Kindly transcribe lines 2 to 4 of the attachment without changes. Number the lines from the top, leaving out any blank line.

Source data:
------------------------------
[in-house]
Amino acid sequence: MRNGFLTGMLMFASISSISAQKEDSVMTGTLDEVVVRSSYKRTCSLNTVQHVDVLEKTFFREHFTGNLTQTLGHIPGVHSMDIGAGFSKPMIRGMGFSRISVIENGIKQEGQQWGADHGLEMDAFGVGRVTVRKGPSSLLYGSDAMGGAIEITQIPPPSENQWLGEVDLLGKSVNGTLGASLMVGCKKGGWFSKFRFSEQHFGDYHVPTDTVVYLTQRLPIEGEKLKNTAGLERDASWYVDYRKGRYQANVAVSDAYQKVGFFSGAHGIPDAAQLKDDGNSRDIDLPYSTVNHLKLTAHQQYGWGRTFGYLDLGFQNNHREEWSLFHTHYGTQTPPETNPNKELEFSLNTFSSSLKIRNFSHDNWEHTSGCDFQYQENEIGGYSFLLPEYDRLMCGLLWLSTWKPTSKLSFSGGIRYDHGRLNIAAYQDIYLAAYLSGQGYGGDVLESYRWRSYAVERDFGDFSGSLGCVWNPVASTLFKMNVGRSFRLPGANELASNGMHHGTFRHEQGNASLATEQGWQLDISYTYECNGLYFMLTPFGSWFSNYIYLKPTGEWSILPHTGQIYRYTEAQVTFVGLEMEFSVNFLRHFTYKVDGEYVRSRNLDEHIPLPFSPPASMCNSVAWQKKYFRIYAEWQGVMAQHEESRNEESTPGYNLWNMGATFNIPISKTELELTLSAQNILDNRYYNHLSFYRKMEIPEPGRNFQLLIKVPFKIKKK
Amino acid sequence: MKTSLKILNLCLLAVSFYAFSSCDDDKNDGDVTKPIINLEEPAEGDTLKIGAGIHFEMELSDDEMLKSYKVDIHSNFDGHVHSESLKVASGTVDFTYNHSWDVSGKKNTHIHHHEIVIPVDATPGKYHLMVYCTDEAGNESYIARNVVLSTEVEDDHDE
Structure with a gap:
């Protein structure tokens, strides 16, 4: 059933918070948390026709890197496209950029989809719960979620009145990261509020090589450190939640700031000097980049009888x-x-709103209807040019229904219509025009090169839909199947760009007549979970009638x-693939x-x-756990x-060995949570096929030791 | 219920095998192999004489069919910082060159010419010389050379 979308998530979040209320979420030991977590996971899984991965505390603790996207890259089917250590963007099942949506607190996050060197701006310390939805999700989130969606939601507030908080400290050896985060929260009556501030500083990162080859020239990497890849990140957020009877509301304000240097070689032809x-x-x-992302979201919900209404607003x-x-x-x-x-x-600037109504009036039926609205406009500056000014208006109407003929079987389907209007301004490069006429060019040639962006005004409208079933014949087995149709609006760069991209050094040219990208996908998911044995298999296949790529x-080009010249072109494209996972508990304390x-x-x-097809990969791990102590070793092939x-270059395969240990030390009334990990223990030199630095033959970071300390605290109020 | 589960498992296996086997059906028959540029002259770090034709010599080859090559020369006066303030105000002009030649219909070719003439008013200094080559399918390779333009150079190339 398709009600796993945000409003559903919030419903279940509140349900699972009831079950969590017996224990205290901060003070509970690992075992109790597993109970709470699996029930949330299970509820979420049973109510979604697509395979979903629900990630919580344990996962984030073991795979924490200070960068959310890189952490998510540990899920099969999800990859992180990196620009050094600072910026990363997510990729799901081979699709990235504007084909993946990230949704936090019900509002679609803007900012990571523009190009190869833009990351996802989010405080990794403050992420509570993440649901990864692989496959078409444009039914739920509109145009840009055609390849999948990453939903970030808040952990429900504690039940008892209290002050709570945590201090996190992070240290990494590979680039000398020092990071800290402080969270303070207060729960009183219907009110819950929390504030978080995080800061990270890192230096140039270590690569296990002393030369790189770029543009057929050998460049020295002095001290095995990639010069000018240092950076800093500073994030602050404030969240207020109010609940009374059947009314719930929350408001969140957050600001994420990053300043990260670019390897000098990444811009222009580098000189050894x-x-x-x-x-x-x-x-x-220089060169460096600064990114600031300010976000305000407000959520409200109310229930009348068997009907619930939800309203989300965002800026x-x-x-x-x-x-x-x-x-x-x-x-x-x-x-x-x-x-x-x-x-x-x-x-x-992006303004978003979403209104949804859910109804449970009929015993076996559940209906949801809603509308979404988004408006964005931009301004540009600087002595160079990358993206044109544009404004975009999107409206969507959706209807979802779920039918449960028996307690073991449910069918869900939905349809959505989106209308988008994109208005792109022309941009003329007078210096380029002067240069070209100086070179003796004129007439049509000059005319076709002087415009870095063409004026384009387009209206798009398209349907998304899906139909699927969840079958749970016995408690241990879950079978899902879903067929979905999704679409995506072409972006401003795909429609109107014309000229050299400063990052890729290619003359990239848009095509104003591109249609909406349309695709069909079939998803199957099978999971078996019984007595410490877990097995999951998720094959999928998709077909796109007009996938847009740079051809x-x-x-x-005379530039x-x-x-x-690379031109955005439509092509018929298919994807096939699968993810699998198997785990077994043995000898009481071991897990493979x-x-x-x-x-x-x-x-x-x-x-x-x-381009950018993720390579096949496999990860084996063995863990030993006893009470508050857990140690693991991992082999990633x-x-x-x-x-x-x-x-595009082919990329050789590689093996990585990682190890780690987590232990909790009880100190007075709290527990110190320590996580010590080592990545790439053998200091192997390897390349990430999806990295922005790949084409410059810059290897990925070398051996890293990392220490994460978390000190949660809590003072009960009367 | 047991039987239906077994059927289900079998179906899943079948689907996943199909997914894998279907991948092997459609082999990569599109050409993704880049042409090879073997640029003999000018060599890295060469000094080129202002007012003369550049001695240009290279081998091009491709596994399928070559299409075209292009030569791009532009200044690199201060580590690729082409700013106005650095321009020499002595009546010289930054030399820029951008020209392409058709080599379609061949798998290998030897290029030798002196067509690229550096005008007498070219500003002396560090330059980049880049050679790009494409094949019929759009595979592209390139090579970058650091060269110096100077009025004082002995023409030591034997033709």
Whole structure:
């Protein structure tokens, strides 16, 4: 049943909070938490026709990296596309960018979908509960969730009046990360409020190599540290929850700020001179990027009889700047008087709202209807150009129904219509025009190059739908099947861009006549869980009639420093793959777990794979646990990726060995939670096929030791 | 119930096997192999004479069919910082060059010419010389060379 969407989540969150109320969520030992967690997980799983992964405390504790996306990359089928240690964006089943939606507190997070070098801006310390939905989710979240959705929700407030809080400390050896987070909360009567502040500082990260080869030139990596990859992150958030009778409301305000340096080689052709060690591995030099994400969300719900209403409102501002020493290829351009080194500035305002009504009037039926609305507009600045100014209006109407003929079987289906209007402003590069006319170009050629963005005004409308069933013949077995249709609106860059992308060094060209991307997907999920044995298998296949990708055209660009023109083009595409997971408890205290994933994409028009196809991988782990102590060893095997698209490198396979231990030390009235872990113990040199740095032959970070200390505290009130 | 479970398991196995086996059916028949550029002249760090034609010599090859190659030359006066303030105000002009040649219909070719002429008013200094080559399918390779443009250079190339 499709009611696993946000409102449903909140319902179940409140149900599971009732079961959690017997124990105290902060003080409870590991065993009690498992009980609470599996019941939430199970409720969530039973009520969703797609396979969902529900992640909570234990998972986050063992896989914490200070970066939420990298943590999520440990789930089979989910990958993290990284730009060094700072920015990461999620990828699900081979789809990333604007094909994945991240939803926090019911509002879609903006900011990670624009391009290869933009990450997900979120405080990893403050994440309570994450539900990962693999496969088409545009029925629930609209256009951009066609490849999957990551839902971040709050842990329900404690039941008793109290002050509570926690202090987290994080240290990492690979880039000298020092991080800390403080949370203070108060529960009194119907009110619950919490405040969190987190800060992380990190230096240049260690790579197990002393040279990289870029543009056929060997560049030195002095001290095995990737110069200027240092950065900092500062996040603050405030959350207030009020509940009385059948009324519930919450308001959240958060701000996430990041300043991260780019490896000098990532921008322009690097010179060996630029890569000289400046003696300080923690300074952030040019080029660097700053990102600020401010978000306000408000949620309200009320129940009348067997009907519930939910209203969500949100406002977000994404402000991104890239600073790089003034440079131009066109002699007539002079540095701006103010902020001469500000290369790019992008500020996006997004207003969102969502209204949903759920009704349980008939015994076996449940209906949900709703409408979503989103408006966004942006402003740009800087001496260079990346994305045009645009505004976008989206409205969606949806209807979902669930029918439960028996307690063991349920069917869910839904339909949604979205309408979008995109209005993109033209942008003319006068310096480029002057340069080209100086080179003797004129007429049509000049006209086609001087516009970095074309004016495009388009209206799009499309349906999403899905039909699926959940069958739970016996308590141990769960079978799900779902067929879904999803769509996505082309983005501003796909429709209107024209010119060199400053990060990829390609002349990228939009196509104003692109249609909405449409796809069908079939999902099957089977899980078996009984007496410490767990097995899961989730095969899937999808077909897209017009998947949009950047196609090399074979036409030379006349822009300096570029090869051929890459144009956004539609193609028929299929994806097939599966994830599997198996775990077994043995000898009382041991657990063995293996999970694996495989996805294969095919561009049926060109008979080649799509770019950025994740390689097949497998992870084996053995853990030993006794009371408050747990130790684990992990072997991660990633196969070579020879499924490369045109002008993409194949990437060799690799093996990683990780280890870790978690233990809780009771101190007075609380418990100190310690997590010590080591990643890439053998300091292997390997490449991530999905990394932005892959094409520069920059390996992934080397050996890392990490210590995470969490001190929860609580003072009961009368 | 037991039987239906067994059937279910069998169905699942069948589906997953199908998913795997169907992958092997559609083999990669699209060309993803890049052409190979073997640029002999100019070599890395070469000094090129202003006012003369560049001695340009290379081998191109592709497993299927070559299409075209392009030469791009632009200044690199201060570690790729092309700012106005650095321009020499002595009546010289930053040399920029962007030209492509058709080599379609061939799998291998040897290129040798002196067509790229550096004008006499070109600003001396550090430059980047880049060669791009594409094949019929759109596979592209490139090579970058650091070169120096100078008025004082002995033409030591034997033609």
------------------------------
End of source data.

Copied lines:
Amino acid sequence: MRNGFLTGMLMFASISSISAQKEDSVMTGTLDEVVVRSSYKRTCSLNTVQHVDVLEKTFFREHFTGNLTQTLGHIPGVHSMDIGAGFSKPMIRGMGFSRISVIENGIKQEGQQWGADHGLEMDAFGVGRVTVRKGPSSLLYGSDAMGGAIEITQIPPPSENQWLGEVDLLGKSVNGTLGASLMVGCKKGGWFSKFRFSEQHFGDYHVPTDTVVYLTQRLPIEGEKLKNTAGLERDASWYVDYRKGRYQANVAVSDAYQKVGFFSGAHGIPDAAQLKDDGNSRDIDLPYSTVNHLKLTAHQQYGWGRTFGYLDLGFQNNHREEWSLFHTHYGTQTPPETNPNKELEFSLNTFSSSLKIRNFSHDNWEHTSGCDFQYQENEIGGYSFLLPEYDRLMCGLLWLSTWKPTSKLSFSGGIRYDHGRLNIAAYQDIYLAAYLSGQGYGGDVLESYRWRSYAVERDFGDFSGSLGCVWNPVASTLFKMNVGRSFRLPGANELASNGMHHGTFRHEQGNASLATEQGWQLDISYTYECNGLYFMLTPFGSWFSNYIYLKPTGEWSILPHTGQIYRYTEAQVTFVGLEMEFSVNFLRHFTYKVDGEYVRSRNLDEHIPLPFSPPASMCNSVAWQKKYFRIYAEWQGVMAQHEESRNEESTPGYNLWNMGATFNIPISKTELELTLSAQNILDNRYYNHLSFYRKMEIPEPGRNFQLLIKVPFKIKKK
Amino acid sequence: MKTSLKILNLCLLAVSFYAFSSCDDDKNDGDVTKPIINLEEPAEGDTLKIGAGIHFEMELSDDEMLKSYKVDIHSNFDGHVHSESLKVASGTVDFTYNHSWDVSGKKNTHIHHHEIVIPVDATPGKYHLMVYCTDEAGNESYIARNVVLSTEVEDDHDE
Structure with a gap: